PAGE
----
Textbook Notes (369,067)
Canada (162,366)
SOAN 2400 (39)
c (8)
Chapter 10

Chapter 10.docx

5 Pages
102 Views

Department
Sociology and Anthropology
Course Code
SOAN 2400
Professor
c

This preview shows pages 1 and half of page 2. Sign up to view the full 5 pages of the document.
Description
Cynthia Chen SOAN2400 Ch. 10 The Body and the Reproduction of Femininity (Susan Bordo) Reconstructing Feminist Discourse on the Body The body - a powerful symbolic form, a surface on which the central rules, hierarchies, and even metaphysical commitments of a culture are inscribed and thus reinforced through the concrete language of the body. (Mary Douglas) - Operate as a metaphor for culture. - Not only a text of culture, a practical, direct locus of social control (Philosopher Michel Foucault) - Our conscious politics, social commitments, and strivings for change may be undermined and betrayed by the life of our bodies. - Through the organization and regulation of the time, space, and movements of our daily lives, our bodies are trained, shaped, and impressed with the stamp of prevailing historical forms of selfhood, desire, masculinity and femininity. - There is a pursuit of an ever-changing homogenizing, elusive ideal of femininity o Ex. Requirement to minute and whimsical changes in fashion: female bodies become docile bodies o Normalizing discipline of diet, makeup, and dress - Docile bodies: bodies whose forces and energies are habituated to external regulation, subjection, transformation, and ‘improvement’ - Women are rendered less socially oriented and more centripetally focused on self- modification - Practices of femininity may lead us to utter demoralization, debilitation, and death because we continue to memorize on our bodies, the feel and conviction of lack, of insufficiency, of never being good enough. Cynthia Chen - Normalization of the female body – perhaps the only gender oppression that exercises itself: across age, race, class and sexual orientation Backlash phenomenon – reasserting existing gender configurations against any attempts to shift or transform power relations in our narcissistic and visually-oriented culture. Ex. Dominant visual theme in teenage magazines involving women hiding in the shadows of men, seeking solace in their arms. Ex. The contemporary aesthetic ideal of women Developing a discourse of the female body Philosopher Michel Foucault on developing a female body discourse 1. Abandon the idea of power as something possessed by one group and levelled against another: must think of the network of practices, institutions, and technologies that sustain positions of dominance and subordination in a particular domain 2. Analytics to describe a power whose central mechanisms are not repressive, but constitutive: to generate and grow forces rather than to impede and submit/destroy one 3. Need a discourse that will account for potential rebellion, to confront the mechanisms by which the subject is in collusion with forces that sustain her own oppression The body as a Text of Femininity - There is a continuum between female disorder and ‘normal’feminine practice - Disorders have varied historically th o Ex. Neurasthenia and hysteria in the second half of the 19 century o Agoraphobia, anorexia nervosa and bulimia in second half of the 20 century - Symptomatology of disorders reveals itself as textuality Cynthia Chen o Ex. Symptoms such as loss of mobility, inability to leave the home, starving oneself…etc. – all have symbolic meaning - The ideological construction of femininity is always homogenizing and normalizing, erasing racial, class, and other differences and insisting that all women aspire to a coercive, standardized ideal. - Construction of femininity is also written in disturbingly concrete, hyperbolic terms: exaggerated, extremely literal, at times virtually caricatured presentations of the ruling feminine mystique. - The 19 century ‘lady’was idealized in terms of delicacy and dreaminess, sexual passivity, and a charmingly labile and capricious emotionality. - With the advent of movies and television, the rules for femininity have come to be culturally transmitted more and more through standardized visual images. o As a result, femininity itself has come to be largely a matter of constructing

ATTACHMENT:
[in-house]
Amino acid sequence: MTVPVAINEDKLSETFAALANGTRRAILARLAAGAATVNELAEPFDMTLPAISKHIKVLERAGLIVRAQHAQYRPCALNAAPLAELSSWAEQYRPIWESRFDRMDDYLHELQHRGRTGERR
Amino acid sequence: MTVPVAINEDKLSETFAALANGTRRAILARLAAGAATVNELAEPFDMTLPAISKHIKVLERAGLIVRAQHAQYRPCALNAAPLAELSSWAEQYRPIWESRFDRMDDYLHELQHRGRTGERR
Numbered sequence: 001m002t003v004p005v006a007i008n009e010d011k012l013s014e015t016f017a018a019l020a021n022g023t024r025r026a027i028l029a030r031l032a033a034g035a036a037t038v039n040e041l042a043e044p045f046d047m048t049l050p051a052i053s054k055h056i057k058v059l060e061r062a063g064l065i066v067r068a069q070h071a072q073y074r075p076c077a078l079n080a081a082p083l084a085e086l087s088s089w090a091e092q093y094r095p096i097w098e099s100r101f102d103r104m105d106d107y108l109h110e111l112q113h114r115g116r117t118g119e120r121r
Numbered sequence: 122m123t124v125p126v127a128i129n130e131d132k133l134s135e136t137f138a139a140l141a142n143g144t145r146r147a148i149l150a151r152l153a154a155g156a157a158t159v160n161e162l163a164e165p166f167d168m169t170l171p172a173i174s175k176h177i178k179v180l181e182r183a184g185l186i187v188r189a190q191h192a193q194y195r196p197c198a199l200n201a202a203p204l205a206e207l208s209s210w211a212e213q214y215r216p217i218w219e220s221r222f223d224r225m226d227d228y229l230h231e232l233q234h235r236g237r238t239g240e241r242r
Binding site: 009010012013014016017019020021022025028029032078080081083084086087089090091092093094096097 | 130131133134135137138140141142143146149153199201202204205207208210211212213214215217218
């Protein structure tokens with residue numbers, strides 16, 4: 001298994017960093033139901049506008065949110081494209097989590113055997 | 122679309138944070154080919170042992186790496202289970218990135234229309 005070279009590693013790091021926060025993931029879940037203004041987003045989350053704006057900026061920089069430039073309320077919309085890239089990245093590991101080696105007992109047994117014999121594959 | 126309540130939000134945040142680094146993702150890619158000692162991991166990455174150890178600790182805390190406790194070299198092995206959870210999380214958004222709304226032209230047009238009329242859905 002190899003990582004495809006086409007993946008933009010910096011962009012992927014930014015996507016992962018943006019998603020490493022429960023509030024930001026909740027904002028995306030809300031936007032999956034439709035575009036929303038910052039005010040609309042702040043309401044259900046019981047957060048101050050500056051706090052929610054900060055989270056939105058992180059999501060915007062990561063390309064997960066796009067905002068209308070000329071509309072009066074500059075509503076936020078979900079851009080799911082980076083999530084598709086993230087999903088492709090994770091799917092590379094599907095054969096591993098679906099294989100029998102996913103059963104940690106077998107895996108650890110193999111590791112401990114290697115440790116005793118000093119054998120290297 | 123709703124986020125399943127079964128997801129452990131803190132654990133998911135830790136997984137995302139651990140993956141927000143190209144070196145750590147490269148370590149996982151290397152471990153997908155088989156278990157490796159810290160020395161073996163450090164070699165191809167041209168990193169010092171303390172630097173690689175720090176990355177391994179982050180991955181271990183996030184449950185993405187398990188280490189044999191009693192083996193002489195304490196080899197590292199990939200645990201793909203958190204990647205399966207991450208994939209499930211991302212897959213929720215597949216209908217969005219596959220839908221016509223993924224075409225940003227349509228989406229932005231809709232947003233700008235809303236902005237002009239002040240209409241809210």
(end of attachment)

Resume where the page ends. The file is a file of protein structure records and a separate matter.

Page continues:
More Less
Unlock Document

Only pages 1 and half of page 2 are available for preview. Some parts have been intentionally blurred.

Unlock Document
You're Reading a Preview

Unlock to view full version

Unlock Document

Log In


OR

Join OneClass

Access over 10 million pages of study
documents for 1.3 million courses.

Sign up

Join to view


OR

By registering, I agree to the Terms and Privacy Policies
Already have an account?
Just a few more details

So we can recommend you notes for your school.

Reset Password

Please enter below the email address you registered with and we will send you a link to reset your password.

Add your courses

Get notes from the top students in your class.


Submit